Water and wastewater utilities provide critical lifeline services to their communities and regions. Clean water is essential for public health, ecosystem protection, and economic strength. Supporting these important functions requires secure information technology (IT) and operational technology (OT) systems.
IT and OT compromises can have great impact on a utility. Operational disruptions could jeopardize public health and environmental protection. To support water and wastewater utilities and the wider critical infrastructure community in its cybersecurity goals, the Water Information Sharing and Analysis Center, better known as WaterISAC, published a newly updated resource: 15 Cybersecurity Fundamentals for Water and Wastewater Utilities. The original guide, first developed in 2012, has been downloaded thousands of times.
WaterISAC has compiled 15 fundamental cybersecurity practices to reduce exploitable weaknesses, not only for water and wastewater utilities but for critical infrastructure and industry alike. This revamped resource contains dozens of practices and practical advice, grouped into 15 main categories, that organizations can implement to reduce security risks to their IT and OT systems. Each recommendation is accompanied by links to relevant technical resources, providing additional information and tools necessary to take a dive deep into this acutely important initiative.
Here are the topics and what to expect with each fundamental:
Perform Asset Inventories. You cannot protect what you do not know about. Knowing your environment is foundational to a successful cybersecurity program.
Assess Risks. Once assets are accounted for, threats can be more accurately assessed for the risk they pose to the organization and its IT and OT environments. Organizational risk is a function of the likelihood a threat will occur and degree of impact the threat will cause to the organization.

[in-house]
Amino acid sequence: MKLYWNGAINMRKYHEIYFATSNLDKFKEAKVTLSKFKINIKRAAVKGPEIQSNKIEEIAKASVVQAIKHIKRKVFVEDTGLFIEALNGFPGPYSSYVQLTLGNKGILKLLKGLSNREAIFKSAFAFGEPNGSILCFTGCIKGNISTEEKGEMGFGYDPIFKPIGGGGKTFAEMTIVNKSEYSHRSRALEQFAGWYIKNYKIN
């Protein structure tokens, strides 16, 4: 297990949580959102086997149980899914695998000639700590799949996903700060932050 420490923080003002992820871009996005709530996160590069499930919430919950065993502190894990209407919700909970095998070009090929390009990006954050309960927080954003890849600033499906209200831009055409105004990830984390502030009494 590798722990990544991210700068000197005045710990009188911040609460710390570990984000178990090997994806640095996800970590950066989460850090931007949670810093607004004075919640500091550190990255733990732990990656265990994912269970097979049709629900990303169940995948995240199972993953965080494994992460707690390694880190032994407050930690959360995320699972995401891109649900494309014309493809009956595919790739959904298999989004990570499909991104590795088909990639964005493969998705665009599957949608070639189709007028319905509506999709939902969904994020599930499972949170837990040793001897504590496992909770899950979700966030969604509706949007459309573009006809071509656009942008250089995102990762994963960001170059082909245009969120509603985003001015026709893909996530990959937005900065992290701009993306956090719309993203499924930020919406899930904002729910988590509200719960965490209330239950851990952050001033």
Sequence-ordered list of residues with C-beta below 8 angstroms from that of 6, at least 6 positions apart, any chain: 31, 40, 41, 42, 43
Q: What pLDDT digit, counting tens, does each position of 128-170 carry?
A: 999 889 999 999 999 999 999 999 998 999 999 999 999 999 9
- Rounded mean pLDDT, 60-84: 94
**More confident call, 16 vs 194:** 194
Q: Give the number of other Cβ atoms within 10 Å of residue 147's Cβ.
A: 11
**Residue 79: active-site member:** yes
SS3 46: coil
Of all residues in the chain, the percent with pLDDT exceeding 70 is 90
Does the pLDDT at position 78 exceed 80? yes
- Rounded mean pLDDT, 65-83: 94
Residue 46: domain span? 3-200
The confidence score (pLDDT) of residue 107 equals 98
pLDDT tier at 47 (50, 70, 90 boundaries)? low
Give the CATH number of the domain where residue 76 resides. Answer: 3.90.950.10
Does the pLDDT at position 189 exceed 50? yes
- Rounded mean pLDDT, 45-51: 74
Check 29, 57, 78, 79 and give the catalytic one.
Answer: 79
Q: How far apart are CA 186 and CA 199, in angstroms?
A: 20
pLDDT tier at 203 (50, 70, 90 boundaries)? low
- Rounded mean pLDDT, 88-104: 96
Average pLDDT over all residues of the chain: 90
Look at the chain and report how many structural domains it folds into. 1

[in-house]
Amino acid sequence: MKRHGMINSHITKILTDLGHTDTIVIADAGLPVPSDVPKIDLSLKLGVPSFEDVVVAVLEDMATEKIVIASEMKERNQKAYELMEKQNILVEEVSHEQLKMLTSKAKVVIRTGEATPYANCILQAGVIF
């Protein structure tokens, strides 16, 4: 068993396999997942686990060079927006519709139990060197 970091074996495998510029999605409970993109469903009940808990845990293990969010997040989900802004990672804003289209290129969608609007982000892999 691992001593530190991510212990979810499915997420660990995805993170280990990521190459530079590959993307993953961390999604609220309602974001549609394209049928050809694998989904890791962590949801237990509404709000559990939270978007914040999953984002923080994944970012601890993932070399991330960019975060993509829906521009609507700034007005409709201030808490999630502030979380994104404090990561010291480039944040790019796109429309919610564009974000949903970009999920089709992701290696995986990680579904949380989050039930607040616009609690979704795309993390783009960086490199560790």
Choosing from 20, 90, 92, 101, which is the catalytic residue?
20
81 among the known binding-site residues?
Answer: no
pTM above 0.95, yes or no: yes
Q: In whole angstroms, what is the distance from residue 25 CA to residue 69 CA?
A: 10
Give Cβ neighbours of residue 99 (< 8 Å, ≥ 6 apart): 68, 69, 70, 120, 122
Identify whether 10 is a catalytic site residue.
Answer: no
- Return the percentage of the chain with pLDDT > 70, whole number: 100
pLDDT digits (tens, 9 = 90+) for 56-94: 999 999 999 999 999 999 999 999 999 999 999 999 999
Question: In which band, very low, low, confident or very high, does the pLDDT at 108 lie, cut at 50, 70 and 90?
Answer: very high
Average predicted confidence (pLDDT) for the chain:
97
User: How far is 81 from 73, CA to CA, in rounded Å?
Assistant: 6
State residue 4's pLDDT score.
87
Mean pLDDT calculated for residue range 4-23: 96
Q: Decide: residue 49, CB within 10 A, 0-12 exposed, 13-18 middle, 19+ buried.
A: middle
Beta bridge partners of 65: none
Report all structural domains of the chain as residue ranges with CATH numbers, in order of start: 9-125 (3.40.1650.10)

Minimize Control System Exposure. Protect the control system environment from “hostile,” untrusted networks – which is theoretically everything outside the control system network. Network segmentation, traffic restrictions and encrypted communications are just a few methods to minimize the risk posed to OT networks from external communications pathways.
Enforce User Access Controls. Grant no more system access privileges than what is necessary to perform duties. Apply role-based access controls and principle of least privilege, including limited use of administrator rights to prevent users from accessing systems and files they are not authorized to access.
Safeguard from Unauthorized Physical Access. If an adversary can gain physical access to your equipment, they can/will compromise (“own”) it. The implementation of non-technical, physical security controls to regulate physical access to IT and OT environments are just as important to cybersecurity as the use of technology controls.
Install Independent Cyber-Physical Safety Systems. If you can imagine a worst-case cyber threat scenario that could cause physical damage to Industrial Control System (ICS) equipment, so will the bad guys. By installing solutions to limit physical damage that could occur due to a cyber-attack, asset owners can prevent dangerous conditions such as excessive levels of pressure or chemical additions.
Embrace Vulnerability Management. More than patching and antivirus. Largely informed by asset inventory and risk assessments, vulnerability management involves the need to identify and remediate cybersecurity gaps and vulnerabilities before the bad guys exploit them.
Create a Cybersecurity Culture. Cybersecurity is everyone’s responsibility, from the break room to the boardroom. Effective cybersecurity starts at the top; to affect positive behavioral changes, involve every executive, board member and employee in cybersecurity awareness and training.